The rule’s definition of tributaries—which may be the most common WOTUS feature on the landscape under the rule—is even more expansive than in the proposed rule. The agencies rejected requests from commenters to exclude features that carry water only when it rains and to require more than just the presence of the highly subjective bed, bank and ordinary high water mark (OHWM). Instead, the final rule broadened the definition and made so-called tributaries even more difficult for landowners to identify. The rule allows the agencies to identify a tributary regardless of whether there is anything visible on the ground for the landowner to recognize as a “tributary.”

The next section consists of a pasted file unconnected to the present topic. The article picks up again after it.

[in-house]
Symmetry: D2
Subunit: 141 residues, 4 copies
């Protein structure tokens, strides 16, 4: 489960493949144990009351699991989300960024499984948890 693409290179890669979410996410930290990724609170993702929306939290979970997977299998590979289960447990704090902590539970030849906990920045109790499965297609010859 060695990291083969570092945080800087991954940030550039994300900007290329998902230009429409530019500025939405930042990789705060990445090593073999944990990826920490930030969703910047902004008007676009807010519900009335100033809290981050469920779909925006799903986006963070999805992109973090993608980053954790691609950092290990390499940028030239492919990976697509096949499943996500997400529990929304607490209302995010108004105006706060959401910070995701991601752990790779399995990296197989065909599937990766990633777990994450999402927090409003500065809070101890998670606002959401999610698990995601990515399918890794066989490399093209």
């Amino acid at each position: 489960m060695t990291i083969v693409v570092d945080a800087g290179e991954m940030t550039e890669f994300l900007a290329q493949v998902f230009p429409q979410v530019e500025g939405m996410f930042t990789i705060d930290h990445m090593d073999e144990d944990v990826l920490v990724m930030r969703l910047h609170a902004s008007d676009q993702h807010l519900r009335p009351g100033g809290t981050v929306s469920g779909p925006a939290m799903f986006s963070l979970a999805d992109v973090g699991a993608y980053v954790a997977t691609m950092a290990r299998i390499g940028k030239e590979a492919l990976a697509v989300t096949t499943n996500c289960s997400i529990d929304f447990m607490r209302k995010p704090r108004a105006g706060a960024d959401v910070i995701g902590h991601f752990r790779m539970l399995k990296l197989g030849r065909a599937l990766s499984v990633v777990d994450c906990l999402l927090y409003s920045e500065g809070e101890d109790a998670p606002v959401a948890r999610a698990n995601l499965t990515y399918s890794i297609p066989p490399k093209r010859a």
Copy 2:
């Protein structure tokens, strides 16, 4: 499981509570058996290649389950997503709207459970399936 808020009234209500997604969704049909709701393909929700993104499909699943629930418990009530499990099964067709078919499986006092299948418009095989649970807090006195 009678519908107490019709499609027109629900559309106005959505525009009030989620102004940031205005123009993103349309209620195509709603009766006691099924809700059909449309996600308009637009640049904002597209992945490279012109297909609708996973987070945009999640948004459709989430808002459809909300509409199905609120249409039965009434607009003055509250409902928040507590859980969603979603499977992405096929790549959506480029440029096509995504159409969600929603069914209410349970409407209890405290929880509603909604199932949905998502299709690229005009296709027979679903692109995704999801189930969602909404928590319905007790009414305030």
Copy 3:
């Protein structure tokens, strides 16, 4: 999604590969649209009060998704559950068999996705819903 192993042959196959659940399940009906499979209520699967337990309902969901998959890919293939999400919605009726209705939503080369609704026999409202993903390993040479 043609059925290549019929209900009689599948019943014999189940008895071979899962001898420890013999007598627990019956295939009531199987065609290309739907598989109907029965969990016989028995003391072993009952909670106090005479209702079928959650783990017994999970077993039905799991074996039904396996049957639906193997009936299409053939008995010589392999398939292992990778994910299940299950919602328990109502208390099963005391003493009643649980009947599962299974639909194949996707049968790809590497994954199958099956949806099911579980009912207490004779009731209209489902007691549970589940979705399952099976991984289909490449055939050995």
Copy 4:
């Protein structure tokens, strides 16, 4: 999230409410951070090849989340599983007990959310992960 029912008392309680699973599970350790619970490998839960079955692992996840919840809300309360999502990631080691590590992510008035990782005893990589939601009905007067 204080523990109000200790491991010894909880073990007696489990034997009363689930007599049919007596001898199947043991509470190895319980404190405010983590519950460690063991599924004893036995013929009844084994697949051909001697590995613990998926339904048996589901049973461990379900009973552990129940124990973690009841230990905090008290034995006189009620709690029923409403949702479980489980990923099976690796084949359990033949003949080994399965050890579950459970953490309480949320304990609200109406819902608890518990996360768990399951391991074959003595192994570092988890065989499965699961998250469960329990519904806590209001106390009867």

• The proposed rule required “the presence of a bed and banks and ordinary high water mark” (OHWM)—plus some flow, sometimes, that eventually reaches a navigable water.
  • In the final rule, there is no need for the presence of an actual bed, bank and OHWM, but only the “presence of physical indicators of a bed and banks and ordinary high water mark.” (Final Rule at 204) The agencies can utilize “remote sensing or mapping information” and other “desktop tools” (e.g., LIDAR, aerial photography and NRCS Soil Surveys) to establish the presence of a tributary. (Final Rule at 91-92)
  • Contrary to the proposed rule, the final rule also allows the agencies to identify tributaries based entirely on past conditions rather than current conditions. The rule allows the agencies to regulate land areas where these “desktop tools” indicate ephemeral tributaries used to be present. (Final Rule at 94-95)